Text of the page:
I was reading about the Chinese yesterday threatening
that Beijing may use its $1.33 trillion (£658bn) of foreign reserves as a political weapon to counter pressure from the US Congress
if Congress presses for a yuan devaluation.
Siggy calls it Egg Drop economics, Justin Higgins focuses on China’s oil shortfall, while Thomas Barnett says that “we grow up by surviving crises.” Of course all of them are right: this kind of threat, absurd as it is, is not to be taken lightly.
Then there’s the issue of China’s hazardous exports:
When Indonesia proposed a ban of certain Chinese imports, China reacted with a small-scale trade war, as it had reacted with the US earlier. Panama, the EU, and others are now banning Chinese products.
Do the Chinese see the uproar as overreacting?
After all, they have been under a command economy for longer than most countries in the world, and they probably find no reason to meet high safety standards. Just a quick glance at how the Cherry failed safety tests (airbag? what airbag?) shows that for China, consumer safety issues hold a very low priority indeed. Very very low.
Dymphna mentioned in our most recent podcast together how the Chinese don’t “get” consumer safety; their reaction was to execute the guy in charge of the Chinese Food and Drug Safety Office. It looks like the toy vendors are next.
Does that solve the problem of hazardous goods?
Of course not. But it tells you that the Chinese really are operating under an antiquated mindset. A feudal mindset.
Equally interesting is how the Chinese are buying raw materials companies all over Latin America (I believe it was Siggy who mentioned that during the same podcast). The Spanish empire drove itself to ruin by monopolizing the valuable goods from its provinces though its ill-conceived imperialist and mercantilistic policies.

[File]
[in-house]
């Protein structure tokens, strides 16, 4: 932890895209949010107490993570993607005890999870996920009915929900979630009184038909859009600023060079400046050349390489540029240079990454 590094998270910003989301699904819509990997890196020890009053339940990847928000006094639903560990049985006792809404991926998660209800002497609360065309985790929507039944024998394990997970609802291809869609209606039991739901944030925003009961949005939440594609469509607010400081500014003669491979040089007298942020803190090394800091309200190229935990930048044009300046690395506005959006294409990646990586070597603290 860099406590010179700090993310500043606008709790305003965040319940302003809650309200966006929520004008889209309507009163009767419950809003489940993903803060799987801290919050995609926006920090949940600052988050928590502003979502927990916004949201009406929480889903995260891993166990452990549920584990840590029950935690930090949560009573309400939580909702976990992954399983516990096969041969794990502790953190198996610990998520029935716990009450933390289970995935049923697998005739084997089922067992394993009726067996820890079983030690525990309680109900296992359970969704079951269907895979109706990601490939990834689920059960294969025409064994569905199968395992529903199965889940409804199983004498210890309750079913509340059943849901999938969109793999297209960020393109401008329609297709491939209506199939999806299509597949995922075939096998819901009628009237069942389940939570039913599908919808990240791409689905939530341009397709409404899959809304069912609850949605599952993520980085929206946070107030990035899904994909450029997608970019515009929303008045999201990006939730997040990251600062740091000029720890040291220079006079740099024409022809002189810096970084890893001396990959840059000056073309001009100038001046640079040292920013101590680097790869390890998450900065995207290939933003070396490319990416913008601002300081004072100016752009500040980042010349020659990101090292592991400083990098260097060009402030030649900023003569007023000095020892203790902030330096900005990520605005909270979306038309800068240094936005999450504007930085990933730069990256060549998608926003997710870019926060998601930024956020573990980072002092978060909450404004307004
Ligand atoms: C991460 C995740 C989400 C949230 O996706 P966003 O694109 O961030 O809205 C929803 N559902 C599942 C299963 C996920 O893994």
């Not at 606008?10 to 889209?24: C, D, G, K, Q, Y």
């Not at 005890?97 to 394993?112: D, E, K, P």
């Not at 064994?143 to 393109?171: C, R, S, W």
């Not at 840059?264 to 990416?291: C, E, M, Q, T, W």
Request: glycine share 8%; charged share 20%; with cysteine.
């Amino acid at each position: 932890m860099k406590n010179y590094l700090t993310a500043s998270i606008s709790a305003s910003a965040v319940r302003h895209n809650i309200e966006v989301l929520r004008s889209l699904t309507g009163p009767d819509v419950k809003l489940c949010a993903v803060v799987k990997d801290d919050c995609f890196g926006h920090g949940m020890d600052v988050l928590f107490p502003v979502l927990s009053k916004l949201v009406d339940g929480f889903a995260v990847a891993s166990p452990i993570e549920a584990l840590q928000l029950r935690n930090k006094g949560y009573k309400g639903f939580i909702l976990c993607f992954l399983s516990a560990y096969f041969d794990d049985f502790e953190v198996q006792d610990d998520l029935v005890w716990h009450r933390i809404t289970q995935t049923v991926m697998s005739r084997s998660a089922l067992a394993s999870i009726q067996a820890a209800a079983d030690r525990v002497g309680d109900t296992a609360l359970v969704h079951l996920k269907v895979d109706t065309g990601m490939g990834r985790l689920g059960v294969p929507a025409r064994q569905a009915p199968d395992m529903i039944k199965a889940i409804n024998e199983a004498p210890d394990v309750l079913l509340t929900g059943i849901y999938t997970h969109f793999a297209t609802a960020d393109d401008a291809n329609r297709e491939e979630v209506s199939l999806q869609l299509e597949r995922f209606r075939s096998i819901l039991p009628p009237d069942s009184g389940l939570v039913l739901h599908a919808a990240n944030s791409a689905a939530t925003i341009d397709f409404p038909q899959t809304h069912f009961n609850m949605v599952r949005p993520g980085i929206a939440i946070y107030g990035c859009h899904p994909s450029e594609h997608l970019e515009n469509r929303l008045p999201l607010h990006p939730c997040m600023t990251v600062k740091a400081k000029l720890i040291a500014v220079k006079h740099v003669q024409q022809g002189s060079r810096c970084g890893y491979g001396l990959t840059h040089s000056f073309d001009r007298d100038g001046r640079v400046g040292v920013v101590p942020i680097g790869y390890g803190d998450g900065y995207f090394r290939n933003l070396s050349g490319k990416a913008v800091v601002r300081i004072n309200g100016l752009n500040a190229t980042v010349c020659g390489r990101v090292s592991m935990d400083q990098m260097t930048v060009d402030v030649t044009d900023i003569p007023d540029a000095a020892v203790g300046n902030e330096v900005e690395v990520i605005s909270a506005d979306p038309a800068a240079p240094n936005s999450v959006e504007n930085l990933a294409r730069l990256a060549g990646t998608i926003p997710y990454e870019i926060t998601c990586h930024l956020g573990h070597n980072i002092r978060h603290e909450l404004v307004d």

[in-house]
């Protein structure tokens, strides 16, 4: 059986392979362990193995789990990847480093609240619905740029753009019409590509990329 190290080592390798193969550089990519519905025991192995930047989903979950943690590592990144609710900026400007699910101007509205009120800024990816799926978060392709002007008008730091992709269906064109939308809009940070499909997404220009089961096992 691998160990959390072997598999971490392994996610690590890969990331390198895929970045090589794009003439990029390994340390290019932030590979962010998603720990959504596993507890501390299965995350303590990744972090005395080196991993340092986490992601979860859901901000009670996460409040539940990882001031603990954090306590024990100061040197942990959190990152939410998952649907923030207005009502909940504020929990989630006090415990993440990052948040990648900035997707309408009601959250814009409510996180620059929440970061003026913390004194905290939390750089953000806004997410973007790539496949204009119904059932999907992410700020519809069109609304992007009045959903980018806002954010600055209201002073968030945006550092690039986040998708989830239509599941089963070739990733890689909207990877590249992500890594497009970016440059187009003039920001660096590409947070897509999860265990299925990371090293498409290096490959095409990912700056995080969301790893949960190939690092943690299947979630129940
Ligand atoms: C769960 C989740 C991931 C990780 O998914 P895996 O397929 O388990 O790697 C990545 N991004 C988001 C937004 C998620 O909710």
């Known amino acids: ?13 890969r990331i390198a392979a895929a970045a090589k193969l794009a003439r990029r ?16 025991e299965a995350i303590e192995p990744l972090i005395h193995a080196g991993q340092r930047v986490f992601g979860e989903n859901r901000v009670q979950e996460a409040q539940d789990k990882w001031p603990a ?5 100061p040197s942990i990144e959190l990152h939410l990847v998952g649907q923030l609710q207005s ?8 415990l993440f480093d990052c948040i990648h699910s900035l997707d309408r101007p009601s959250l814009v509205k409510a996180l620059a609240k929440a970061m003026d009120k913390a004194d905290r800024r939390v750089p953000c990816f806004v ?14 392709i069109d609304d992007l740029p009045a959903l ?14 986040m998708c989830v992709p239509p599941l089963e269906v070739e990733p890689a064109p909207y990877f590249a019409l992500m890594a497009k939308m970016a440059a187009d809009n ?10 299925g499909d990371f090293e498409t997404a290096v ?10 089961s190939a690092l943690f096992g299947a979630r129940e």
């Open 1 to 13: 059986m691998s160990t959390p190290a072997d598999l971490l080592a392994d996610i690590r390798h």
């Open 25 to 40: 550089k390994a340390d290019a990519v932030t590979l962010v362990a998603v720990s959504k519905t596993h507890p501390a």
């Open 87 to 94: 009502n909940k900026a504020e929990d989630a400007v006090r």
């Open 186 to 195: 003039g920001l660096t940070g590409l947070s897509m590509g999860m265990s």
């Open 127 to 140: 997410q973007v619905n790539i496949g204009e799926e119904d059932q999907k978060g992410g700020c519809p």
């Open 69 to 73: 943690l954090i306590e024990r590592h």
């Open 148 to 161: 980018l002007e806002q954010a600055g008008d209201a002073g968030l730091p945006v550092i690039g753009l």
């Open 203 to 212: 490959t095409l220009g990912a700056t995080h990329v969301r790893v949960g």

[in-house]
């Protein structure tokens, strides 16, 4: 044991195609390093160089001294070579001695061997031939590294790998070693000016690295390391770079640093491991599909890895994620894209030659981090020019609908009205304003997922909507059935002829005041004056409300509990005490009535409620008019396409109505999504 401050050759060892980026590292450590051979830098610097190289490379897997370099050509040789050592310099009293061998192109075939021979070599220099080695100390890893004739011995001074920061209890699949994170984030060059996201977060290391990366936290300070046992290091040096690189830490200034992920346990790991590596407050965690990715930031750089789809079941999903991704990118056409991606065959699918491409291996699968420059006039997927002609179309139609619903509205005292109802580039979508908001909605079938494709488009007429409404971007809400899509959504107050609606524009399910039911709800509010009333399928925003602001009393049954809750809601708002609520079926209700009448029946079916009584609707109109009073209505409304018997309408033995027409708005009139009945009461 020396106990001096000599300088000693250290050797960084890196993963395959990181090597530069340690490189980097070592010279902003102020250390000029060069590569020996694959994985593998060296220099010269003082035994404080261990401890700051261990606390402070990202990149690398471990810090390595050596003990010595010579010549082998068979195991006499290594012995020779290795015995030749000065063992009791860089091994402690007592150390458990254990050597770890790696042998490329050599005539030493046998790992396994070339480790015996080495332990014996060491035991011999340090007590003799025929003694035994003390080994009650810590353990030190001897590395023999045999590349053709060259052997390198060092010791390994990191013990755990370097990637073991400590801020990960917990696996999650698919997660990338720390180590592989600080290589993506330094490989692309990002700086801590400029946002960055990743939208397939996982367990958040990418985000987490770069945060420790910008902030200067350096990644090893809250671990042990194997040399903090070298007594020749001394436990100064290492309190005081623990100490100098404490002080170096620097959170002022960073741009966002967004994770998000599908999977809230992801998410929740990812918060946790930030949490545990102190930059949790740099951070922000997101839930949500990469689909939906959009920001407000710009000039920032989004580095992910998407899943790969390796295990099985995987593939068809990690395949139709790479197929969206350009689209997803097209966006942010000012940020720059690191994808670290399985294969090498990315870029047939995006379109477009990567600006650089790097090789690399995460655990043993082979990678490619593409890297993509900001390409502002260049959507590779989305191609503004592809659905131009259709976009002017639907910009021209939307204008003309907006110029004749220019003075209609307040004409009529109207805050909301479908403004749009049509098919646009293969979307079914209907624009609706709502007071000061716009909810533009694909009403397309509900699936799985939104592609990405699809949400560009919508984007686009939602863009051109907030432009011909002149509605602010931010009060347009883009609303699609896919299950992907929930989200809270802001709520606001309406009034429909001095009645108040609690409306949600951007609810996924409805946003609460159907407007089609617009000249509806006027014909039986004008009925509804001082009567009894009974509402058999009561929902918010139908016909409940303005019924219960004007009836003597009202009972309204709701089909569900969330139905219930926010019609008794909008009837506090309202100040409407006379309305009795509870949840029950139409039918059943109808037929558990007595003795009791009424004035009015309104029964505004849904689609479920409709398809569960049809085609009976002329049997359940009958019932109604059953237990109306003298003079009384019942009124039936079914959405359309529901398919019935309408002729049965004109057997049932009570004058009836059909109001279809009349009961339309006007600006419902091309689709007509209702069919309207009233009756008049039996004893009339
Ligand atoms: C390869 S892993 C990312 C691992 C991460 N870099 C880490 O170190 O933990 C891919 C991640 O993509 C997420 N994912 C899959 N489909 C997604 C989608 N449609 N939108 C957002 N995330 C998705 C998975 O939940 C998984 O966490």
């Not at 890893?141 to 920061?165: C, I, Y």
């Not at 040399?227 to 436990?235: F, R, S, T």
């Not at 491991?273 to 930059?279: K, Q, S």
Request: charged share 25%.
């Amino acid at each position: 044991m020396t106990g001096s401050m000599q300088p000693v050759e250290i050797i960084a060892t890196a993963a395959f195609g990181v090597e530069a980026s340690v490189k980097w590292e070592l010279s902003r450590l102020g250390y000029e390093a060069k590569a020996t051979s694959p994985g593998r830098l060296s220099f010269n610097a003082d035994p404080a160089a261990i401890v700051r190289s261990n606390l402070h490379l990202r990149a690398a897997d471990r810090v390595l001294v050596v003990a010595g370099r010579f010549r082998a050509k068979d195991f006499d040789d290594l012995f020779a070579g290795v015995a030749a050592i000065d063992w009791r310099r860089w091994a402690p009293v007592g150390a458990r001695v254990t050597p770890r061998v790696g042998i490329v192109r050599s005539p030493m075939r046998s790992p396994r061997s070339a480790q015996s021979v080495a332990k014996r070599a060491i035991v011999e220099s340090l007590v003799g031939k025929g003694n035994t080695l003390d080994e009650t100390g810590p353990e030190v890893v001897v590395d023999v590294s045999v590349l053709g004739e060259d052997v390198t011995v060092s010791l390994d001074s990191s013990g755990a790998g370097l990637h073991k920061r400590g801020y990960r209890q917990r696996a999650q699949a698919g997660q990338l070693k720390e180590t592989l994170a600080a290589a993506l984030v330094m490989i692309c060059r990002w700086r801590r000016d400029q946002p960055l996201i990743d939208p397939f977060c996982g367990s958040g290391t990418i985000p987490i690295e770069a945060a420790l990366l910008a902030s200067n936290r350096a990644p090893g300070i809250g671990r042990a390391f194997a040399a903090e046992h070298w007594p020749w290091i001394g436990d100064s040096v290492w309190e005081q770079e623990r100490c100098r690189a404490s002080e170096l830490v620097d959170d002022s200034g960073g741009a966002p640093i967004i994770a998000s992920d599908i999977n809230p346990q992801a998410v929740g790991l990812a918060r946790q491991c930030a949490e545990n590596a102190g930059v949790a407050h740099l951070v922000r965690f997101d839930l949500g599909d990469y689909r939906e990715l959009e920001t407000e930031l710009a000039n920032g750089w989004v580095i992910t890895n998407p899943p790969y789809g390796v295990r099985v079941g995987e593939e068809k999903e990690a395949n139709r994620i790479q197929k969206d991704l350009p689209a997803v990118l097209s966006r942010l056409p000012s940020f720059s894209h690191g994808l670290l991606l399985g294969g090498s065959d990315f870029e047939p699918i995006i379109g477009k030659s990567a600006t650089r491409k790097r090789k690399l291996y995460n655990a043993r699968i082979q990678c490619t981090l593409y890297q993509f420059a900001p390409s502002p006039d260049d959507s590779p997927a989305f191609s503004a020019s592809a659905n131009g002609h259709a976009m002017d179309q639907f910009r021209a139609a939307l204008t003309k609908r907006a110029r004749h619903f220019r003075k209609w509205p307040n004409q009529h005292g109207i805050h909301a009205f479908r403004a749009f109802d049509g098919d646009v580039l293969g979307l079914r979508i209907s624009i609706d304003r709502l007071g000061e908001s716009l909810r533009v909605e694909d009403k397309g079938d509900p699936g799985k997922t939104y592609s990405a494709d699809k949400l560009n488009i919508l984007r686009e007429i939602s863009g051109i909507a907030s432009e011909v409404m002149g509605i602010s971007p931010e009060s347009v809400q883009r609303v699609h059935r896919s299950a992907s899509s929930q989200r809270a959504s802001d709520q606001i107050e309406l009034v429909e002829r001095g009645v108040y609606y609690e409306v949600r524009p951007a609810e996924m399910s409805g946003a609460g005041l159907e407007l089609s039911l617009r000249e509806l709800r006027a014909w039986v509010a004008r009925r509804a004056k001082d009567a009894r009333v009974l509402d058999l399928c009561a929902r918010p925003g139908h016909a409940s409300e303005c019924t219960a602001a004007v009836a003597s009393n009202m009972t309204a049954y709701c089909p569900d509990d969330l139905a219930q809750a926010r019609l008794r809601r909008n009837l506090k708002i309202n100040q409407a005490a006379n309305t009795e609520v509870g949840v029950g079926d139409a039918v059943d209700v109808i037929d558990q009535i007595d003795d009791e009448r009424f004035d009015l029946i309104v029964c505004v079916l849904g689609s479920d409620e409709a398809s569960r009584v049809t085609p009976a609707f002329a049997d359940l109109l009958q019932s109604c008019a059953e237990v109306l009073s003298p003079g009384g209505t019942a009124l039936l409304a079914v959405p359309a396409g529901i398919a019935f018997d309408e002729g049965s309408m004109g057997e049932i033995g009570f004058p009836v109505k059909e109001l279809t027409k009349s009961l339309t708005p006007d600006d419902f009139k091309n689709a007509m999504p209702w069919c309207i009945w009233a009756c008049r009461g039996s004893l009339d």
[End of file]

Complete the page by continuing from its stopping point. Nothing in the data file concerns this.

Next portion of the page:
It is not unreasonable then, to believe that the Chinese still haven’t caught on the fact that wealth can be created by providing highly competitive goods and services in a free trade economy, the way many of its neighbors have.
Now the Chinese are lavishly celebrating next year’s Olympics. You read it right, next year’s. The concrete’s not dry yet on all the new buildings, and they’re celebrating the Olympics already. All the while, they continue to crack down on dissent.
At the same time, they showcase their modernized army. As you can read in that article, the army’s purpose is to serve the Communist Party.
The army, newly modernized while still at the service of the Communist Party, will probably be at hand to prevent vehicular traffic from driving into Beijing for a few months prior to the Olympics. Otherwise the air pollution would not allow any endurance sports to take place in the city.
Be that as it may, if the Chinese believe that the Olympics, and China, will succeed after China uses any kind of ‘nuclear” currency scheme and trade wars, they are even more deluded than I ever expected.
(Note: I didn’t touch on the deleterious effect protectionist policies against China would have on America. Will deal with that topic some other time.)
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